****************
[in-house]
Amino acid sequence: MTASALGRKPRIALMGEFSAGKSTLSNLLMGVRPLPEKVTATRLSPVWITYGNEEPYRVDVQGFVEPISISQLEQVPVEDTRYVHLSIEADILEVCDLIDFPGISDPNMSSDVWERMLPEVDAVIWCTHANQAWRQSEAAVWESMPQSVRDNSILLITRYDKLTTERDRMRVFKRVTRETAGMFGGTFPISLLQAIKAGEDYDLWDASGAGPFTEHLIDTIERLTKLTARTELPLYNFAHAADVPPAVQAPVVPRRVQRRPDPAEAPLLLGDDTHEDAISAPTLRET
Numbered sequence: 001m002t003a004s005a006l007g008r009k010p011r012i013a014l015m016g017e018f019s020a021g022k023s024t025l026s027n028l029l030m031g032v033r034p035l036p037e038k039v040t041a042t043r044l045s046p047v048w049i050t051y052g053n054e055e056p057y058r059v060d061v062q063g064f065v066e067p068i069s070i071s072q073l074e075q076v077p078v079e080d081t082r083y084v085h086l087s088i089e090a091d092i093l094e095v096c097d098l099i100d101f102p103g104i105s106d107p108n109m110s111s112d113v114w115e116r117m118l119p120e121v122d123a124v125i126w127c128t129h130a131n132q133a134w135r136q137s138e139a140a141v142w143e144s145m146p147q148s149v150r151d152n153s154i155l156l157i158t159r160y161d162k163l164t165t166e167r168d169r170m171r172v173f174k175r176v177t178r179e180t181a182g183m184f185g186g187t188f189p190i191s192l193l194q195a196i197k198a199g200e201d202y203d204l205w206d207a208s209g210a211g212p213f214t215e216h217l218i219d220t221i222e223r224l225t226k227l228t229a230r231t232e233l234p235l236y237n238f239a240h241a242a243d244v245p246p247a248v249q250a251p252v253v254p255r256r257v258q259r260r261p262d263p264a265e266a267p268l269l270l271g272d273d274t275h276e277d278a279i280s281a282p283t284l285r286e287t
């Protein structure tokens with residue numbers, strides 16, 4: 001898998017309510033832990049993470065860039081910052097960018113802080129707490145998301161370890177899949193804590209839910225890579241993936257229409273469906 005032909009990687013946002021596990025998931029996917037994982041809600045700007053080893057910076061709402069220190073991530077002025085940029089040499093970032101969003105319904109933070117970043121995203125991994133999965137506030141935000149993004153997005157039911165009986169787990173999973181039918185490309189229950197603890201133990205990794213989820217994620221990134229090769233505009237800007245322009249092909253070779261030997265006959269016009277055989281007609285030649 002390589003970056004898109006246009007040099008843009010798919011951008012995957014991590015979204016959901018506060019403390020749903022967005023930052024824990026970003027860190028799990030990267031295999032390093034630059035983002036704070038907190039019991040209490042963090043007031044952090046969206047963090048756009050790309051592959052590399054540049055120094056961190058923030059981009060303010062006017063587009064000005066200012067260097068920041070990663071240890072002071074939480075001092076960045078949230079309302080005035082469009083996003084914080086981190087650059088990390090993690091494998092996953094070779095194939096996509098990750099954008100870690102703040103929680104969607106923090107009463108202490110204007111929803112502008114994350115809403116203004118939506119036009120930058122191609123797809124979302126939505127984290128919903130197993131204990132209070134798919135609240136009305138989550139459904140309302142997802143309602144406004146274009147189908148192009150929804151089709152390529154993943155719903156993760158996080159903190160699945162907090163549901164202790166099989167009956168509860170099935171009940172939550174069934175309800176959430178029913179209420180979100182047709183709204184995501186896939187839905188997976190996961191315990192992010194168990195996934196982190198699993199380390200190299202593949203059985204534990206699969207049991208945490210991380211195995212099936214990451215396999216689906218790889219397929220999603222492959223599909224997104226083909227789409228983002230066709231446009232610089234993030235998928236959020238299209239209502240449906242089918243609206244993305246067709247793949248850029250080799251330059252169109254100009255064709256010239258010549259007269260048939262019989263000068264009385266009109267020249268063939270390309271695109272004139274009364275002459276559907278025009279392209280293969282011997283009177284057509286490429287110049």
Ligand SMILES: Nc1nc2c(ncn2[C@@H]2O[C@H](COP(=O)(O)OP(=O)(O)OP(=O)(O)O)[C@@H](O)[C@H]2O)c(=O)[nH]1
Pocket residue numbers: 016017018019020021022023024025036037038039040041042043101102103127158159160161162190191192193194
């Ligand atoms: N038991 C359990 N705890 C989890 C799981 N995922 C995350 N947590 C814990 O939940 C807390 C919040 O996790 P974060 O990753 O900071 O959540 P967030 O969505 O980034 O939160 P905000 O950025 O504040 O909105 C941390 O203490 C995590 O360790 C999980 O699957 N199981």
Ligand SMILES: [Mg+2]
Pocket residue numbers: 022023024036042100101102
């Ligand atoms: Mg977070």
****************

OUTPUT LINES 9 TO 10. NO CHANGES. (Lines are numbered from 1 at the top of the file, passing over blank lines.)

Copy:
Pocket residue numbers: 022023024036042100101102
């Ligand atoms: Mg977070």